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Canada: a climate change loser

Harper's government is content to follow the U.S. on climate change policy.

Protesters occupy the constituency office of Canada's Prime Minister Stephen Harper in Calgary, Alberta, Dec. 16, 2009. Over 20 protesters arrived and refused to leave until the Prime Minister signs an aggressive climate treaty this week at the UN climate conference in Copenhagen. (Todd Korol/Reuters)

TORONTO, Canada — Canada has so far won seven “fossil awards” at the Copenhagen climate conference, given by environmentalists to countries deemed to be blocking progress at the United Nations summit. No country has won more.

Canadians have the government of Prime Minister Stephen Harper to thank for this dubious distinction. One leading pollster, Alan Gregg, put it this way: “You can throw a rock at the Conservative [government] caucus, and possibly the cabinet, and hit a climate change denier.”

Canadians are not used to being international renegades, particularly on issues with a moral imperative. But Harper has given the clear impression since coming to power in 2006 that he doesn’t buy talk of a planet imperiled by human-induced global warming.

His government was initially content with not having a climate change policy. It restricted itself to pronouncing the 1992 Kyoto Protocol a failure, noting the previous Liberal government signed the treaty and then watched Canada develop one of the worst carbon emission records in the world.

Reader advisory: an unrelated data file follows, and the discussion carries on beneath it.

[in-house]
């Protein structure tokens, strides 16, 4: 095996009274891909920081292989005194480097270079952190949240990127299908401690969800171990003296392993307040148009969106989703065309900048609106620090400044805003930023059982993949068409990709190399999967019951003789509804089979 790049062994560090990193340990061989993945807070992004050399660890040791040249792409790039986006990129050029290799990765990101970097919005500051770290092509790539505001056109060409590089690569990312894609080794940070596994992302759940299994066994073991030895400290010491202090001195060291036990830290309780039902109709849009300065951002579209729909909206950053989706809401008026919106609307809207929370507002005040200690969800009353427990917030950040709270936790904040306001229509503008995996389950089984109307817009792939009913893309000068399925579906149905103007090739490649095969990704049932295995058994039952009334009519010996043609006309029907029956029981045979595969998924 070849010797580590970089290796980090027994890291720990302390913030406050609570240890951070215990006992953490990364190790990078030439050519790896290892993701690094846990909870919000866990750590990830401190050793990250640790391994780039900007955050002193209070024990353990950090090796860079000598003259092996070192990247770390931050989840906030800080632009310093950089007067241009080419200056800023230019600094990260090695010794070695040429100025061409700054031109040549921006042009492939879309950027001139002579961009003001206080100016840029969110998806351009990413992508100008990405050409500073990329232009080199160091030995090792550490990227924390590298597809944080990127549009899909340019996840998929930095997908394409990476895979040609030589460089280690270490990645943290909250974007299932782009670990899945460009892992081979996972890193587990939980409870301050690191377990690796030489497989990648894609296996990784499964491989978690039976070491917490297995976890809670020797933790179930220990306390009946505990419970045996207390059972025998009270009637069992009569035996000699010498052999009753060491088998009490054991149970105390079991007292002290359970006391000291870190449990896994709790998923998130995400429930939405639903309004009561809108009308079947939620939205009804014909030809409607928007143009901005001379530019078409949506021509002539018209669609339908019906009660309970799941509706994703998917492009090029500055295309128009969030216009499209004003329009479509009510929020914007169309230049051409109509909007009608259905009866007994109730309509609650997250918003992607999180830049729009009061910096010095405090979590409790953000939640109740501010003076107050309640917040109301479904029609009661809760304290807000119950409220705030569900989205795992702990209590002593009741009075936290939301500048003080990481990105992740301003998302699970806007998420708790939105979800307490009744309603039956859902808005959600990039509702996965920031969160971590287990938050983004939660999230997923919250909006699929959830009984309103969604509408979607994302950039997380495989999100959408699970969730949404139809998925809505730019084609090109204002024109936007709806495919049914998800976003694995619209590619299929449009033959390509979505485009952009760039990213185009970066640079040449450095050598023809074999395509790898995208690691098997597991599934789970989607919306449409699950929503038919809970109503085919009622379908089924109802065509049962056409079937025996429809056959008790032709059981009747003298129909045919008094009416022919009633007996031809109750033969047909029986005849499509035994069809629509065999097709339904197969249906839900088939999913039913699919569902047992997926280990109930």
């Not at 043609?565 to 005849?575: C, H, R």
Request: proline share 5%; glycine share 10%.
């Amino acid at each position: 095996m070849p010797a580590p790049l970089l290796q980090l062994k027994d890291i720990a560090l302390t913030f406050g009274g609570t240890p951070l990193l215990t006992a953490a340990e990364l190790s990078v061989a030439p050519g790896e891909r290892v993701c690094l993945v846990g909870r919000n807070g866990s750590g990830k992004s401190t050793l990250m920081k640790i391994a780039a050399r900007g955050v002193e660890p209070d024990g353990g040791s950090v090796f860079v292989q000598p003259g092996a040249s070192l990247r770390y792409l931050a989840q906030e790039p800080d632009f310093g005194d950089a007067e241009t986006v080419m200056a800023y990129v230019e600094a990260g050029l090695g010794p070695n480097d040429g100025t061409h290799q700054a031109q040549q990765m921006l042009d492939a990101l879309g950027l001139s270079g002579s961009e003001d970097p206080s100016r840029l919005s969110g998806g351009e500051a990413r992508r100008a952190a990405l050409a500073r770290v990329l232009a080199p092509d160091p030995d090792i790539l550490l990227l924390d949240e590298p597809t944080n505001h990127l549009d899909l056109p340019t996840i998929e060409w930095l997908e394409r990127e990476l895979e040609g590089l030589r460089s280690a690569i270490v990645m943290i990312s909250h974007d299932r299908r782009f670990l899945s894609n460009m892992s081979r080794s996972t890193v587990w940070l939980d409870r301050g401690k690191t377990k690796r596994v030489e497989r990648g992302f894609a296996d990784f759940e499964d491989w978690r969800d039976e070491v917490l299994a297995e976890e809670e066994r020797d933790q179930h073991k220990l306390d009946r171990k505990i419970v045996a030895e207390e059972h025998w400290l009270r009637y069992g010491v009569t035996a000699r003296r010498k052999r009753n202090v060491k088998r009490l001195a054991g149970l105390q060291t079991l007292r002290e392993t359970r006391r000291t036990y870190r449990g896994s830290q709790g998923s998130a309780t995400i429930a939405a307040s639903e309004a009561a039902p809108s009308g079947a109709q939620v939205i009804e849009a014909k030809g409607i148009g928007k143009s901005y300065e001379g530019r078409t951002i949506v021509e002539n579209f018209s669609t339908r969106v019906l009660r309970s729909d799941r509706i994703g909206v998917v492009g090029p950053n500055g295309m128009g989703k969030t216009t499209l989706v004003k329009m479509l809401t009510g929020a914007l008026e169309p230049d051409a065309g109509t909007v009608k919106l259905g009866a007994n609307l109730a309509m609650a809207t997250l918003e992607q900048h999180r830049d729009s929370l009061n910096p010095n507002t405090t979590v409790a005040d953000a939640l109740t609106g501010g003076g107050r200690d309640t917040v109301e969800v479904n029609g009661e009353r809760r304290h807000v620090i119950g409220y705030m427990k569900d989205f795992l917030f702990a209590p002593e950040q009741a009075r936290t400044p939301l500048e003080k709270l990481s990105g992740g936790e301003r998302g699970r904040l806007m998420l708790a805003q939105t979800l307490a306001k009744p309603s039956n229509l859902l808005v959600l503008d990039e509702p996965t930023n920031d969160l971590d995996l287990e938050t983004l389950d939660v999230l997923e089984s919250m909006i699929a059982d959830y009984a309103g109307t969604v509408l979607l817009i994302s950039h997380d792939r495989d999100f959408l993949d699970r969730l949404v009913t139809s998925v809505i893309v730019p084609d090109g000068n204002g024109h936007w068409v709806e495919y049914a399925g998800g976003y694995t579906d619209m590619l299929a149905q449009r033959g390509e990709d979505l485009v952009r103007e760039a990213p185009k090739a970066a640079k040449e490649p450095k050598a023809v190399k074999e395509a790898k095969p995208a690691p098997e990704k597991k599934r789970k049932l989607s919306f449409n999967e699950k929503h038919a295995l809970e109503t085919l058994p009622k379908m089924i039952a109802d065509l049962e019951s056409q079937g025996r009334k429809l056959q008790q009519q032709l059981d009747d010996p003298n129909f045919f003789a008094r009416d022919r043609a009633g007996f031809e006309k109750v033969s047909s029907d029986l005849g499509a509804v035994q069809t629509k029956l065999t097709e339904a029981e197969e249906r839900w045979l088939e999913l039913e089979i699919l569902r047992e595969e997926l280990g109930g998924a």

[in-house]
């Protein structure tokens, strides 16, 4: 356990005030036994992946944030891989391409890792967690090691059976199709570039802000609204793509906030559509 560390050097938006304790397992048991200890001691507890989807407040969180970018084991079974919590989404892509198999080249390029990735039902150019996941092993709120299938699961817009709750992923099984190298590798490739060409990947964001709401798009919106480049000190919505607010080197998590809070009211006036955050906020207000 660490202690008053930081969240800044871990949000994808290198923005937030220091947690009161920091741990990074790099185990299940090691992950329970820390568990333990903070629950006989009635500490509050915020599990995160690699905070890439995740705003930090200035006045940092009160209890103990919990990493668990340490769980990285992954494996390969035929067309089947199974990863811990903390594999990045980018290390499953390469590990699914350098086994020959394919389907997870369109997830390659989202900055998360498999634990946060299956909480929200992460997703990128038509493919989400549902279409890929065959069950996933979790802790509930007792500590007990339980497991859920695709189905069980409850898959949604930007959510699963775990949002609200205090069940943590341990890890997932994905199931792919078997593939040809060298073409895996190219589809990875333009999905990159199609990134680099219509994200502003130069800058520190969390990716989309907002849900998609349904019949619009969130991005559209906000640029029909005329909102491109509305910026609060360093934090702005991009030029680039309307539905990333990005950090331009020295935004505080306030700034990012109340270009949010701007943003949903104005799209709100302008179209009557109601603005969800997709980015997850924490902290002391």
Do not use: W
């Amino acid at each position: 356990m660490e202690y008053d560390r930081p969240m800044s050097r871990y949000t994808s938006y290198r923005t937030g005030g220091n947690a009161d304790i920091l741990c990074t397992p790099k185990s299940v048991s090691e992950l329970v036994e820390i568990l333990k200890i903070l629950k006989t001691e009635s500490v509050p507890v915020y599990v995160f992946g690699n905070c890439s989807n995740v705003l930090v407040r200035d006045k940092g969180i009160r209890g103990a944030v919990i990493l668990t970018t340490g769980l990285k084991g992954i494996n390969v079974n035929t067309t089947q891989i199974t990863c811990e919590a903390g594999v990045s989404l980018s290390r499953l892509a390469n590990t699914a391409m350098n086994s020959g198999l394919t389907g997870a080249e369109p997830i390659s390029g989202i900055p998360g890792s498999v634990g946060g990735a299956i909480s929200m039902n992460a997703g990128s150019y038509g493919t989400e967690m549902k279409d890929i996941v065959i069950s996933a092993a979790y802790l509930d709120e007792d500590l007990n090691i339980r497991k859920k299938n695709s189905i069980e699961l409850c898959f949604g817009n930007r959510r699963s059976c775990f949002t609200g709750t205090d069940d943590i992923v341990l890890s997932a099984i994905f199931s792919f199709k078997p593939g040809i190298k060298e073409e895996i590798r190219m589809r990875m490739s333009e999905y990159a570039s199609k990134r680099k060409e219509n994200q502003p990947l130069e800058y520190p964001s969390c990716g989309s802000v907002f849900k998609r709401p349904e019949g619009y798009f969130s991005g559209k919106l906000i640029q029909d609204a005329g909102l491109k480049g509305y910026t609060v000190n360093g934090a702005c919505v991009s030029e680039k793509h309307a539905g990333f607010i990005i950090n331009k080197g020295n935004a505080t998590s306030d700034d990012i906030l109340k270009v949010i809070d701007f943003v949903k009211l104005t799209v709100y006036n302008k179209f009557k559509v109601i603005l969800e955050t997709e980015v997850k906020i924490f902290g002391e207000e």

The election of U.S. President Barack Obama, who made dealing with global warming a top policy initiative, forced the Harper government to take note. It promptly responded with the least creative alternative possible: It would wait for the Obama administration to announce its plan to reduce carbon emissions, and then match it.

Harper has applied this "me too" approach at almost every turn. It was initially reported that he would not attend the Copenhagen conference, where a deal to succeed Kyoto is to be hammered out. It apparently wasn’t worth his time. But then Obama announced he would be going, and Harper suddenly declared that he, too, would attend.

Harper arrived Thursday, as Canada was being widely denounced by environmentalists and European allies as the laggards of the conference. Some were still snickering about an elaborate hoax played on Harper’s government by a group of American pranksters known as the Yes Men.

The hoax included a press release on Environment Canada letterhead announcing Canada would implement the toughest carbon emission cuts in the world, and give poor countries $13 billion to help deal with the ravages of climate change.

There was a time when that kind of stance would have been considered eminently Canadian. But times have changed. Harper’s spokesperson, Dimitri Soudas, angrily denounced the hoax Tuesday and demanded that a leading Canadian environmentalist — who had nothing to do with the hoax — apologize for criticizing Canada at the summit. Questioning the patriotism of opponents, on any issue, has become a favorite tactic of the Harper government.